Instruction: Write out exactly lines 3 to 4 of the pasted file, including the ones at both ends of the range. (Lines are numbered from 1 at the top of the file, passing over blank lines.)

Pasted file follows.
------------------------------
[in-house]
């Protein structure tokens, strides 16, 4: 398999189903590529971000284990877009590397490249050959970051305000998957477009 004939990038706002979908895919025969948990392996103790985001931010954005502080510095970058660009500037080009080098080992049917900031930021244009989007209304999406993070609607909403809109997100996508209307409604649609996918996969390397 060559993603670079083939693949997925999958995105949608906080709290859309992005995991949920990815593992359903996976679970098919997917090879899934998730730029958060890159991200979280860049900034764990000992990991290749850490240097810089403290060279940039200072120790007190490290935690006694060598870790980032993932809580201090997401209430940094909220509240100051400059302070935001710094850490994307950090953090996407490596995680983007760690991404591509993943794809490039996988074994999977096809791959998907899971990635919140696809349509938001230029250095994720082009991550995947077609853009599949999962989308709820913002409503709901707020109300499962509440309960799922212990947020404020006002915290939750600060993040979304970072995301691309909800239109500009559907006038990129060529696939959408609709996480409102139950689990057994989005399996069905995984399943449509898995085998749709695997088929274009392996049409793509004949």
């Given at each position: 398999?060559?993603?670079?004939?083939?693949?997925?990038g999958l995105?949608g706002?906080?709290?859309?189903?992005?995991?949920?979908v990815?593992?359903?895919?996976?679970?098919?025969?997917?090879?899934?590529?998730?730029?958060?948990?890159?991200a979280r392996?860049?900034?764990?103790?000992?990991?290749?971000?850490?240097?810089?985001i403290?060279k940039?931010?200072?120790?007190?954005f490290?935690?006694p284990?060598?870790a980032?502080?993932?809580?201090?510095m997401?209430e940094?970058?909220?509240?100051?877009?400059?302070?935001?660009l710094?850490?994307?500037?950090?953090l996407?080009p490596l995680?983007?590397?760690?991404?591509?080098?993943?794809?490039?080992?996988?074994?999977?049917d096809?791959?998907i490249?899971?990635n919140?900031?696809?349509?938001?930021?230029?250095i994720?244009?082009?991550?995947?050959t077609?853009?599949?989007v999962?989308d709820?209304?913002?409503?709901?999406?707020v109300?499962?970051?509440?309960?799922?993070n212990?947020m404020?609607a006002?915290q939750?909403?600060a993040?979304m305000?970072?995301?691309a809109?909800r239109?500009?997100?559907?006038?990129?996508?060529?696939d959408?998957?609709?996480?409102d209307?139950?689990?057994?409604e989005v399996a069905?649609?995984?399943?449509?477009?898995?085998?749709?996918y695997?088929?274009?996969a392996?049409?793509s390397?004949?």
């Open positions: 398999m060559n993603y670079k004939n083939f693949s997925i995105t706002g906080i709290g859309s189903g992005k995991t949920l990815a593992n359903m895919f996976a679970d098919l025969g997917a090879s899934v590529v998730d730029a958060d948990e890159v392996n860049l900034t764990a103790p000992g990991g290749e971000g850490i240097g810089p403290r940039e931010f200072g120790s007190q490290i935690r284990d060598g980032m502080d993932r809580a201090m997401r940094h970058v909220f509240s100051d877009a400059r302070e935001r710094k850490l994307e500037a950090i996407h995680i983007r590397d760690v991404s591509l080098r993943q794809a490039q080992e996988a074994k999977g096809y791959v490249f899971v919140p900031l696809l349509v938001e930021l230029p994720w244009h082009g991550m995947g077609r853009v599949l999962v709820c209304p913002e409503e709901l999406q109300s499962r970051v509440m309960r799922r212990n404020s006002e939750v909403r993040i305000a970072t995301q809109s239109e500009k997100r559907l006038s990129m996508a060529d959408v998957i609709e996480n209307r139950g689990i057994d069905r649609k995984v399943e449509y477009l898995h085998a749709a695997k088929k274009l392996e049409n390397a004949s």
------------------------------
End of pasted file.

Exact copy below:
């Given at each position: 398999?060559?993603?670079?004939?083939?693949?997925?990038g999958l995105?949608g706002?906080?709290?859309?189903?992005?995991?949920?979908v990815?593992?359903?895919?996976?679970?098919?025969?997917?090879?899934?590529?998730?730029?958060?948990?890159?991200a979280r392996?860049?900034?764990?103790?000992?990991?290749?971000?850490?240097?810089?985001i403290?060279k940039?931010?200072?120790?007190?954005f490290?935690?006694p284990?060598?870790a980032?502080?993932?809580?201090?510095m997401?209430e940094?970058?909220?509240?100051?877009?400059?302070?935001?660009l710094?850490?994307?500037?950090?953090l996407?080009p490596l995680?983007?590397?760690?991404?591509?080098?993943?794809?490039?080992?996988?074994?999977?049917d096809?791959?998907i490249?899971?990635n919140?900031?696809?349509?938001?930021?230029?250095i994720?244009?082009?991550?995947?050959t077609?853009?599949?989007v999962?989308d709820?209304?913002?409503?709901?999406?707020v109300?499962?970051?509440?309960?799922?993070n212990?947020m404020?609607a006002?915290q939750?909403?600060a993040?979304m305000?970072?995301?691309a809109?909800r239109?500009?997100?559907?006038?990129?996508?060529?696939d959408?998957?609709?996480?409102d209307?139950?689990?057994?409604e989005v399996a069905?649609?995984?399943?449509?477009?898995?085998?749709?996918y695997?088929?274009?996969a392996?049409?793509s390397?004949?």
């Open positions: 398999m060559n993603y670079k004939n083939f693949s997925i995105t706002g906080i709290g859309s189903g992005k995991t949920l990815a593992n359903m895919f996976a679970d098919l025969g997917a090879s899934v590529v998730d730029a958060d948990e890159v392996n860049l900034t764990a103790p000992g990991g290749e971000g850490i240097g810089p403290r940039e931010f200072g120790s007190q490290i935690r284990d060598g980032m502080d993932r809580a201090m997401r940094h970058v909220f509240s100051d877009a400059r302070e935001r710094k850490l994307e500037a950090i996407h995680i983007r590397d760690v991404s591509l080098r993943q794809a490039q080992e996988a074994k999977g096809y791959v490249f899971v919140p900031l696809l349509v938001e930021l230029p994720w244009h082009g991550m995947g077609r853009v599949l999962v709820c209304p913002e409503e709901l999406q109300s499962r970051v509440m309960r799922r212990n404020s006002e939750v909403r993040i305000a970072t995301q809109s239109e500009k997100r559907l006038s990129m996508a060529d959408v998957i609709e996480n209307r139950g689990i057994d069905r649609k995984v399943e449509y477009l898995h085998a749709a695997k088929k274009l392996e049409n390397a004949s």